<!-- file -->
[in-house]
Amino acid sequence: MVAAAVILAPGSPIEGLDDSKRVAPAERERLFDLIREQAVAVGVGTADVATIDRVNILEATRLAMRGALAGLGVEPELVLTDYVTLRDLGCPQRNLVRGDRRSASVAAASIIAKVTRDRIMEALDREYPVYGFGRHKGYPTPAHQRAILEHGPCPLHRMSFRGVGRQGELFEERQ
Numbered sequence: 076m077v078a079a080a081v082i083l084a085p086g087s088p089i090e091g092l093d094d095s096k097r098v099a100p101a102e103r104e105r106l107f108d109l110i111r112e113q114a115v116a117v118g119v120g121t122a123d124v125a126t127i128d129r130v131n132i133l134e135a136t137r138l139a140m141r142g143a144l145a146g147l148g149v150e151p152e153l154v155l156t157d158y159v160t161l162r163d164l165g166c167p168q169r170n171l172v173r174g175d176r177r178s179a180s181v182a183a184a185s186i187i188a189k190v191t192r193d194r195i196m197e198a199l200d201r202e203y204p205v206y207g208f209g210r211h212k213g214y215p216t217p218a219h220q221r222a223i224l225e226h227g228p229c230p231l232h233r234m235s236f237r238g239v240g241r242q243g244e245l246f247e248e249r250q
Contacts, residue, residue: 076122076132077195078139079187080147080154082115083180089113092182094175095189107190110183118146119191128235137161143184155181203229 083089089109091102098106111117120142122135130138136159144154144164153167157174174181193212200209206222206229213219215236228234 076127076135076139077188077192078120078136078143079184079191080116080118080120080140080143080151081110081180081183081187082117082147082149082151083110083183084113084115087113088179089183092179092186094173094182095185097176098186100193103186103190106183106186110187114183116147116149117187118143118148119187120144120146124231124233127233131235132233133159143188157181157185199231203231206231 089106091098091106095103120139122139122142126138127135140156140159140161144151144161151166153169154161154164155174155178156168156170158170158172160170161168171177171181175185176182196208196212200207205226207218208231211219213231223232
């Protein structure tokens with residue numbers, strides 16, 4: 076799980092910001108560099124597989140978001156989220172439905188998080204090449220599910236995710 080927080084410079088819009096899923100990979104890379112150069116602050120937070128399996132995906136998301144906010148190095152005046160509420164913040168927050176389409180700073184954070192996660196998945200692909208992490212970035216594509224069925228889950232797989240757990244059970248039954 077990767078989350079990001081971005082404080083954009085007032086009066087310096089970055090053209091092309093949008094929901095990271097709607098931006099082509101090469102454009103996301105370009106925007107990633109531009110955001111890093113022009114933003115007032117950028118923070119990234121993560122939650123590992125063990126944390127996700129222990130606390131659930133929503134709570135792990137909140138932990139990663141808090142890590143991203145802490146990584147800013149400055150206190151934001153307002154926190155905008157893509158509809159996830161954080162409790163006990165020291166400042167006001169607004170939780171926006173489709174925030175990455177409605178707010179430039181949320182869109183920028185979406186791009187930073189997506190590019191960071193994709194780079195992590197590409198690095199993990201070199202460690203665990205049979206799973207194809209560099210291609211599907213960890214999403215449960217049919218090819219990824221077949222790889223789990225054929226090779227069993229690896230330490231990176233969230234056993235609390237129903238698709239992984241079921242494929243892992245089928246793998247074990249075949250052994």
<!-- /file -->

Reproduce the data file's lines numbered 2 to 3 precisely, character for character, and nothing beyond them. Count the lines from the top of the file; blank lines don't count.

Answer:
Amino acid sequence: MVAAAVILAPGSPIEGLDDSKRVAPAERERLFDLIREQAVAVGVGTADVATIDRVNILEATRLAMRGALAGLGVEPELVLTDYVTLRDLGCPQRNLVRGDRRSASVAAASIIAKVTRDRIMEALDREYPVYGFGRHKGYPTPAHQRAILEHGPCPLHRMSFRGVGRQGELFEERQ
Numbered sequence: 076m077v078a079a080a081v082i083l084a085p086g087s088p089i090e091g092l093d094d095s096k097r098v099a100p101a102e103r104e105r106l107f108d109l110i111r112e113q114a115v116a117v118g119v120g121t122a123d124v125a126t127i128d129r130v131n132i133l134e135a136t137r138l139a140m141r142g143a144l145a146g147l148g149v150e151p152e153l154v155l156t157d158y159v160t161l162r163d164l165g166c167p168q169r170n171l172v173r174g175d176r177r178s179a180s181v182a183a184a185s186i187i188a189k190v191t192r193d194r195i196m197e198a199l200d201r202e203y204p205v206y207g208f209g210r211h212k213g214y215p216t217p218a219h220q221r222a223i224l225e226h227g228p229c230p231l232h233r234m235s236f237r238g239v240g241r242q243g244e245l246f247e248e249r250q